Mr Abbott said it was not the taxpayers’ job to “subsidise lifestyle choices” of indigenous people lived in remote areas far away from services such as schools and hospitals.
There has been almost universal condemnation of his comments from aboriginal community leaders.
His comment is typical of the manner in which politicians, and particularly Abbott, seek to define the terms of a debate, normally by narrowing them.
By using the term “lifestyle choices”, Abbott is blurring the distinction between a choice and a necessity. He does this by shifting the meaning of the term “style”. One meaning of the word style is the manner in which something is done.
By this definition lifestyle is the manner in which someone lives and applicable to all forms of living, be they urban, rural, affluent or poverty stricken.
But when we talk about lifestyle, it is generally about something that is done with flair, individuality, class and panache. It may also be glossy, tasteless, tacky and shallow. But generally, it’s something that someone will admire can possibly aspire to. So when we talk about “lifestyle”, we generally talk about something that is noticeable in its individuality and exceptional in its difference from the way other people live.
Importantly, it’s about the choices that people are able to make.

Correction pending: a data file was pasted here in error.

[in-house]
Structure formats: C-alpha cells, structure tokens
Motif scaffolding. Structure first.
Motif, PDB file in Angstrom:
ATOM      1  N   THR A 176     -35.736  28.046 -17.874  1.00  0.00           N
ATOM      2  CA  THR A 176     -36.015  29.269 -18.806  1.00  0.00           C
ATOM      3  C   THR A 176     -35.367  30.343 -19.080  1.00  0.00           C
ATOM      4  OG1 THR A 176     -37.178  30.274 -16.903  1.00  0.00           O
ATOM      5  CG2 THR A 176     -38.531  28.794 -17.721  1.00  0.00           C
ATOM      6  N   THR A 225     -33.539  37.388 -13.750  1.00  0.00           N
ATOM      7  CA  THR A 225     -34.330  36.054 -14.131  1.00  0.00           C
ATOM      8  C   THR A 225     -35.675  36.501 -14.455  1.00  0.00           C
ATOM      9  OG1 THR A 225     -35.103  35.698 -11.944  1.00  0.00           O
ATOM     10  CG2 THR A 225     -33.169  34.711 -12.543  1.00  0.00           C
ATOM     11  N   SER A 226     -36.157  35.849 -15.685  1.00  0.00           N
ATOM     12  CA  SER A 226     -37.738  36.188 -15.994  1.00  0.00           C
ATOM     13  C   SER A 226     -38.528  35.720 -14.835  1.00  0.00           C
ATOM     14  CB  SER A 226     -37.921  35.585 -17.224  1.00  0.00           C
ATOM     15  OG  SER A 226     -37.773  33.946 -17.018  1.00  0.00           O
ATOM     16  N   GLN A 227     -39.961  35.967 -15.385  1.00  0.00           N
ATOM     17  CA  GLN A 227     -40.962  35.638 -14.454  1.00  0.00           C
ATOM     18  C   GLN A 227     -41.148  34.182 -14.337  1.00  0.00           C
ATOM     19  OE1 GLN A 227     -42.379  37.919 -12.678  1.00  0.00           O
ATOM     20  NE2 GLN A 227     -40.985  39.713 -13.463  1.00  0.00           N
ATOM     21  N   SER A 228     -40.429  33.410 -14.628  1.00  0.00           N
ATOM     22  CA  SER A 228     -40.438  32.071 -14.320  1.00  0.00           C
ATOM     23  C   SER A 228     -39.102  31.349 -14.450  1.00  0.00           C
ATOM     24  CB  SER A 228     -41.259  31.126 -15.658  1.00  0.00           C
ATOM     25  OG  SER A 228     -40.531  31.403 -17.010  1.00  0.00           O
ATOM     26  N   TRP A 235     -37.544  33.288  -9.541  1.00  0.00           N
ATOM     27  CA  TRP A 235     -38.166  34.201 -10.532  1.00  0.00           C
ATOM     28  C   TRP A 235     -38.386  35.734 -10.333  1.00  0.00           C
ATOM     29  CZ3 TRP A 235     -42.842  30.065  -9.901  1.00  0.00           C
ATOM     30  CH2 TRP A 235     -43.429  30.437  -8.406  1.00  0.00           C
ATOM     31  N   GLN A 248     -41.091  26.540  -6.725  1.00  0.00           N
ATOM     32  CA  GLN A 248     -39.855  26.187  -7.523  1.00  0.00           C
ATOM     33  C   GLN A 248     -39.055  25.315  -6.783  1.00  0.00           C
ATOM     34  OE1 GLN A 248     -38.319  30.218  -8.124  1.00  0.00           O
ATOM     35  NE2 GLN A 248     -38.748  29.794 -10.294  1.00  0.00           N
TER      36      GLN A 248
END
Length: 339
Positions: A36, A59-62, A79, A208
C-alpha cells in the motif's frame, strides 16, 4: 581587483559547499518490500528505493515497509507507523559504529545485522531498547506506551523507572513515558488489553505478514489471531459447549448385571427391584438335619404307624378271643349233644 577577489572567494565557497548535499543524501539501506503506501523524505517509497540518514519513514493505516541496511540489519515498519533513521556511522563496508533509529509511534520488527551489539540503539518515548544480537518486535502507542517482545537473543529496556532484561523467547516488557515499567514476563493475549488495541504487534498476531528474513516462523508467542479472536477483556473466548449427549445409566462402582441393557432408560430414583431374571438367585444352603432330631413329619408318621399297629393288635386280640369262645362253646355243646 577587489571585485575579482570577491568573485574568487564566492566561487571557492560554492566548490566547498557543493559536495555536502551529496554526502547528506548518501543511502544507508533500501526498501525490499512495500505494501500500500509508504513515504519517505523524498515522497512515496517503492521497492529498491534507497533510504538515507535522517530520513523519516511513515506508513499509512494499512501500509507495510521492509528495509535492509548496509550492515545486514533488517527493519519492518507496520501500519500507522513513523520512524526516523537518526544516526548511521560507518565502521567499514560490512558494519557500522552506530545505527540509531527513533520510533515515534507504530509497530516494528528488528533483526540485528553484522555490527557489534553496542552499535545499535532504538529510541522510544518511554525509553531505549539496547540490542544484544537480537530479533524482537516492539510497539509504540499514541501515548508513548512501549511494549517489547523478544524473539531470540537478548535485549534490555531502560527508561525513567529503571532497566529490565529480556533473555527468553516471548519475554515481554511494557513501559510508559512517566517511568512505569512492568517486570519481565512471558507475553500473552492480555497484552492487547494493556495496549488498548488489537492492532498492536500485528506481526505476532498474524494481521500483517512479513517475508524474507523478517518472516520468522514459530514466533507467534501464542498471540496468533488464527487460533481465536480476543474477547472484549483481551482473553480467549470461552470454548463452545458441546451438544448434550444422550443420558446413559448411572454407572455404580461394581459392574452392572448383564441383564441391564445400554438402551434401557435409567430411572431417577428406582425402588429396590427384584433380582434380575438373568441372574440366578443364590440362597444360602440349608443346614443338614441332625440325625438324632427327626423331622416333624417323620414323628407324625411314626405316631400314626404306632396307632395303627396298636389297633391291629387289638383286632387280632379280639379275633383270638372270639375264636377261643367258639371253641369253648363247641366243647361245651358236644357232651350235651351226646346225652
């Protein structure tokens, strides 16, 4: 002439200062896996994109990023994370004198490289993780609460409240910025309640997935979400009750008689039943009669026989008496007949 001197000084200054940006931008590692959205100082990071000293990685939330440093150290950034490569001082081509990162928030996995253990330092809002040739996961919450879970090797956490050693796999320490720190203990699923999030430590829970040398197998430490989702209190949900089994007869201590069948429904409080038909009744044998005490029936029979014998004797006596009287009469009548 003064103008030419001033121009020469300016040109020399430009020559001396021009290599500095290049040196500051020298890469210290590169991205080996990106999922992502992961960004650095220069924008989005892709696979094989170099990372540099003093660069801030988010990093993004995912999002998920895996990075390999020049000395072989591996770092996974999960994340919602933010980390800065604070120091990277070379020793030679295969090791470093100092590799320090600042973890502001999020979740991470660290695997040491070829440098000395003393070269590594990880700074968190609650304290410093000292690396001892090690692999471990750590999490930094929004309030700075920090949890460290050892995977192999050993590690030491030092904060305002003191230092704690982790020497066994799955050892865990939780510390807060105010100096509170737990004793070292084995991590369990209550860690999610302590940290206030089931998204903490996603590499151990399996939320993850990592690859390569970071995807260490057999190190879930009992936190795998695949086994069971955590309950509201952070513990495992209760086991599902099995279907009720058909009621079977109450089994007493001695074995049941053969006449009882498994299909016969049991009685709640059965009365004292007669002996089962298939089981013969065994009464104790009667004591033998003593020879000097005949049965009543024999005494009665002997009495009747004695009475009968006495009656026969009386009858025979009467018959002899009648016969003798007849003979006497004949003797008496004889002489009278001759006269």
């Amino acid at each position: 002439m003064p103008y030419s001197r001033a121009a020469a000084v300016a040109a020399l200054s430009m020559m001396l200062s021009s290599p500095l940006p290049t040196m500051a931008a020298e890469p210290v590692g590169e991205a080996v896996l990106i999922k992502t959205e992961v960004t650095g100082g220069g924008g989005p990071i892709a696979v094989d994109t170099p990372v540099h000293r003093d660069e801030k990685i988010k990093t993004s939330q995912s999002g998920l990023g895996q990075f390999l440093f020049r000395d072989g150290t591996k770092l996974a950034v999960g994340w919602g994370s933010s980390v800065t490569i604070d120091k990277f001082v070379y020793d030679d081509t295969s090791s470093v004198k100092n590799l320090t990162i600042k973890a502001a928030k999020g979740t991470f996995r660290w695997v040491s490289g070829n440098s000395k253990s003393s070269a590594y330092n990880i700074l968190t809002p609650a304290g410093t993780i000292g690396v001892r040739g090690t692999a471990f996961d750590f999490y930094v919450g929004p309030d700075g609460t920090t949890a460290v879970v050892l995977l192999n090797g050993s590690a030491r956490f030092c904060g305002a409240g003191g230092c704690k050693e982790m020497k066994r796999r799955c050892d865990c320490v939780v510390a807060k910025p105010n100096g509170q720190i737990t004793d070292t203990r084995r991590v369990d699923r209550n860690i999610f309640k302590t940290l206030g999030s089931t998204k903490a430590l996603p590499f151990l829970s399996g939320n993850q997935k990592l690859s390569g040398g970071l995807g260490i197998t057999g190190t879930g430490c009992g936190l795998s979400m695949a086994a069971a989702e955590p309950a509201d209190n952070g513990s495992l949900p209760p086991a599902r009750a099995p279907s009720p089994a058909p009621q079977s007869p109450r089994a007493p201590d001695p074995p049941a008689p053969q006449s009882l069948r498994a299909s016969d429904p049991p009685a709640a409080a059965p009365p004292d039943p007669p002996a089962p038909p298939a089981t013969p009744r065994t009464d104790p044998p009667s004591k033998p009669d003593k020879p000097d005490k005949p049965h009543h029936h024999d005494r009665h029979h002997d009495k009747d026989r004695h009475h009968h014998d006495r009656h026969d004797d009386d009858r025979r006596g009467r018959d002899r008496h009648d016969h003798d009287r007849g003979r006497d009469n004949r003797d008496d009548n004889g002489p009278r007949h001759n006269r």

Di and I are members of the global middle-class which is anyone who earns an income in excess of $2 a day after adjusting for purchasing power (Chen and Ravallion 2010). Because of this Di and I are able to make lifestyle choices. Recently we made a choice to buy a new house in Richmond.
We also bought a new car and I chose to have elective surgery on my knee.
In doing this, I chose a surgeon who holds a Chair in surgery at Melbourne University. With him came an outstanding anaesthetist, an assistant surgeon and eight other people who seem to be standing around in the operating theatre, an outstanding cardiologist, a nuclear medicine radiologist, pathology lab and two outstanding hospitals. There are also a lot of people making cups of tea.
These are lifestyle choices. I can make them because, by global standards Di and I are extremely rich and also extremely fortunate.
However, when Tony Abbott talks about the lifestyle choices of aboriginal people who live in remote communities, he’s talking about living conditions like this:
To suggest that this is a lifestyle choice is an insult to the aboriginal community and the intelligence of the Australian people. The reality is that people live in these communities because they have no options, no choices.
Not like the ones that Tony Abbott and I have.